Why did I fail? Why didn’t I see a single penny, or even visitor come to my website?
Keywords. Backlinks. Content.
Let’s look at Keywords, because without those you have sparse content and without content, good backlinks are hard to come by.
What is Keyword Research?
This may sound obvious to an online marketer who’s been around for more than 6 months, but for the newbies out there, I will explain what Keywords are and how you should use them.
Keywords are what people type into Google when they search for something, that ‘something’ being the keyword. Now, say someone is after a FitBit Activity Tracker (I’ll choose this item because I’m getting one for Christmas!) and they want to get the best deal, the best information and best review about how this thing works, what price it is and is it any good before they buy it.
So the main Keyword is ‘FitBit‘, the seed.
They would just enter that keyword into Google and see results like The Official website, and Amazon, dominating the first 5 places and then go on to read about it on the first and second listing site and then probably buy it on Amazon.
What kind of search is there for this Keyword?
Now, there are 450,000 people searching for that keyword, FitBit, per month according to Google Keyword Planner, but remember it’s only a ball park figure. (those figures are for advertisers wondering if they can afford to bid for that particular keyword and the rate it is at the moment).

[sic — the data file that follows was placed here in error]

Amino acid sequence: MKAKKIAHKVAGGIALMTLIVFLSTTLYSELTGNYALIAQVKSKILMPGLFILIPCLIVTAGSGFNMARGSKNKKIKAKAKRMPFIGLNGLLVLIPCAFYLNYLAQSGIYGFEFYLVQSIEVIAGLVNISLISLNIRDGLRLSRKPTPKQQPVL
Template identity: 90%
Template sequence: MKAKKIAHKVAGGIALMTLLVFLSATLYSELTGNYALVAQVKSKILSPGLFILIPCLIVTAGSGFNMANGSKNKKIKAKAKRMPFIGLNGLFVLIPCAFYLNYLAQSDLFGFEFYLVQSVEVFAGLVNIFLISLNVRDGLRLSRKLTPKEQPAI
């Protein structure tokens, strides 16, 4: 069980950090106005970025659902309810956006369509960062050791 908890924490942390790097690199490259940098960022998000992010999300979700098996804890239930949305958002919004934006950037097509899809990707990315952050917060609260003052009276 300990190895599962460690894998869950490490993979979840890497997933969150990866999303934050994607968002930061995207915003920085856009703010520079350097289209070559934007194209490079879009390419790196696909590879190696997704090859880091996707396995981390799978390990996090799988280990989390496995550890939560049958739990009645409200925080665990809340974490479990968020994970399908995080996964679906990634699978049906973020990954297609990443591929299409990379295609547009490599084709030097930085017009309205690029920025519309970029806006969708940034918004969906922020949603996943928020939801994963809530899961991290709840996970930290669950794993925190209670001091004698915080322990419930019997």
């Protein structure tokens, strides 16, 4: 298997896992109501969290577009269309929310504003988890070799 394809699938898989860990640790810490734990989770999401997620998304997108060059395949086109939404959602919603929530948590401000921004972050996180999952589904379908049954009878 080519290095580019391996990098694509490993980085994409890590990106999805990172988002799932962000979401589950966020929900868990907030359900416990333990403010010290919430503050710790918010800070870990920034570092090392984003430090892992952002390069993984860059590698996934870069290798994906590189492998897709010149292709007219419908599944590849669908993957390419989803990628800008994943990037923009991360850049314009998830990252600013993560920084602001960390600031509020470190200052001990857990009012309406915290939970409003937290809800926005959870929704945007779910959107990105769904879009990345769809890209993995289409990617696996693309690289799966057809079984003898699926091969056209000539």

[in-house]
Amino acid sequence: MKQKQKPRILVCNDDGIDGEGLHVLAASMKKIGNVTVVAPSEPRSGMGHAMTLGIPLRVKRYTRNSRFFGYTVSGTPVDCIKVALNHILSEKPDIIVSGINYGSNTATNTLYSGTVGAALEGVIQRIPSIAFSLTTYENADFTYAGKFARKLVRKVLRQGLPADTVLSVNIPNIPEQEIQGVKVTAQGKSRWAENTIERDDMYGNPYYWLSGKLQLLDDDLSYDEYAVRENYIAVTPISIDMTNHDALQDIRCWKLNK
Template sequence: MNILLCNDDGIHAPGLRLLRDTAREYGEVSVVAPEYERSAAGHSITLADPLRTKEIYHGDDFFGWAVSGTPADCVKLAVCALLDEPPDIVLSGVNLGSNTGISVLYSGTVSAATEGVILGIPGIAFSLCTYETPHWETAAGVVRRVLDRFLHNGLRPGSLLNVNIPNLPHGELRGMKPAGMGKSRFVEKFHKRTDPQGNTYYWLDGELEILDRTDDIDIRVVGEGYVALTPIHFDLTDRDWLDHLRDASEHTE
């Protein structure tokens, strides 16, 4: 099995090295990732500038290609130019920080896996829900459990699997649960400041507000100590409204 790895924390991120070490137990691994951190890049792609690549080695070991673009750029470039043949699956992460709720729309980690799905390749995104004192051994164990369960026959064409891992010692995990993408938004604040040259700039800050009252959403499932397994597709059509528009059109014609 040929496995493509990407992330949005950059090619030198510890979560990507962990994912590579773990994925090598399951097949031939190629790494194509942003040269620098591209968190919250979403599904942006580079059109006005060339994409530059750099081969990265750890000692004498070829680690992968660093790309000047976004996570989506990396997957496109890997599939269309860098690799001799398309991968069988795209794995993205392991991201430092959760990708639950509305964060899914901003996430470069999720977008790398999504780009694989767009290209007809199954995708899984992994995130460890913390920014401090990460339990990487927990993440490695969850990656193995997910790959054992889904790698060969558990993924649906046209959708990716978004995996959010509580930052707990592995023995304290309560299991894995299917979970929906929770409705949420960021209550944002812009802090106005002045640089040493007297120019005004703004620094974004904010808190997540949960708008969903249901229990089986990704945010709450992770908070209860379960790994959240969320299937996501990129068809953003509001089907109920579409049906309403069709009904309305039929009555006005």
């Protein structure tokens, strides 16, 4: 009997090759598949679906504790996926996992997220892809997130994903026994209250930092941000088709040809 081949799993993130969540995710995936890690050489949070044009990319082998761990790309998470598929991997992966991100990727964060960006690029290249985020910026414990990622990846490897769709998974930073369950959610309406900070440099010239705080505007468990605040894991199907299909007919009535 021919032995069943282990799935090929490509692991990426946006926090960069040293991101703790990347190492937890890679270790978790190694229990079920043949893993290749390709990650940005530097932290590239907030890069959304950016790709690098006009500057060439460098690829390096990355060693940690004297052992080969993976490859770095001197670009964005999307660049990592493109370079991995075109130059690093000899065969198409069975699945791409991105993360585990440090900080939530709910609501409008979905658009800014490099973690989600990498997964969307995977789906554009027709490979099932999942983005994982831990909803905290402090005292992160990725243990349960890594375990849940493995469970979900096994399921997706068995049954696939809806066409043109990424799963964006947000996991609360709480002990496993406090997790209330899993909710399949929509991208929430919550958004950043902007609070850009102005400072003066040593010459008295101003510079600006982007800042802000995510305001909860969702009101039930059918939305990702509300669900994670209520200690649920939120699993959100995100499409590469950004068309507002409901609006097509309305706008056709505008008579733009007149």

You may think “that’s great…this thing is popular; I can make money promoting this!” But let’s look at the total number of websites that include the Keyword FitBit using a Google search.
As you can see, 2,670,000 webpages, and it’s worth keeping in mind that the majority of people will only stay on this one page of results and not even think about the couple of million below, let alone page 2!
This is not the Keyword we want, or indeed, the type of searcher we want. So, what if we really do want to sell that FitBit? It’s a good seller, right?
We have to find a better keyword for US that would be entered by a certain type of person looking for a certain type of answer…and this is where the games start!
Let’s choose a Long Tail Keyword. With LTK’s we are only adding to our Seed keyword which is FitBit, So let’s try ‘Fitbit Activity Tracker’ as our keyword.
As you can see, only 480 searches for this keyword, which is a lot better because we would like to see searches between 100-1000 for us to have a chance of ranking on that first page of Google (where the buyers are)…but, let’s look at how many pages are competing for this Keyword in a Google search.
We need fewer than 50,000 to, again, have a chance of getting to page one. I know 50,000 pages may sound an awful lot, but believe me, with good content and additional keywords that help our keyword, it’s a real possibility to get to page one. More on that later.
370,000 webpages for ‘FitBit Activity Tracker’. Well, that’s better but it’s still way to high for our chances of getting to page one and something tells me that activity trackers are trending and popular for that amount of webpages to show up.
I like to keep to 3 or 4 words in a LTK, so let’s look at another angle.
We need to go for a better LTK, one that the searcher enters into Google, but we also need to keep the keyword as natural looking as possible. We’ll try the Google Suggestion Tool where we start typing into the Google search box it auto completes just like below.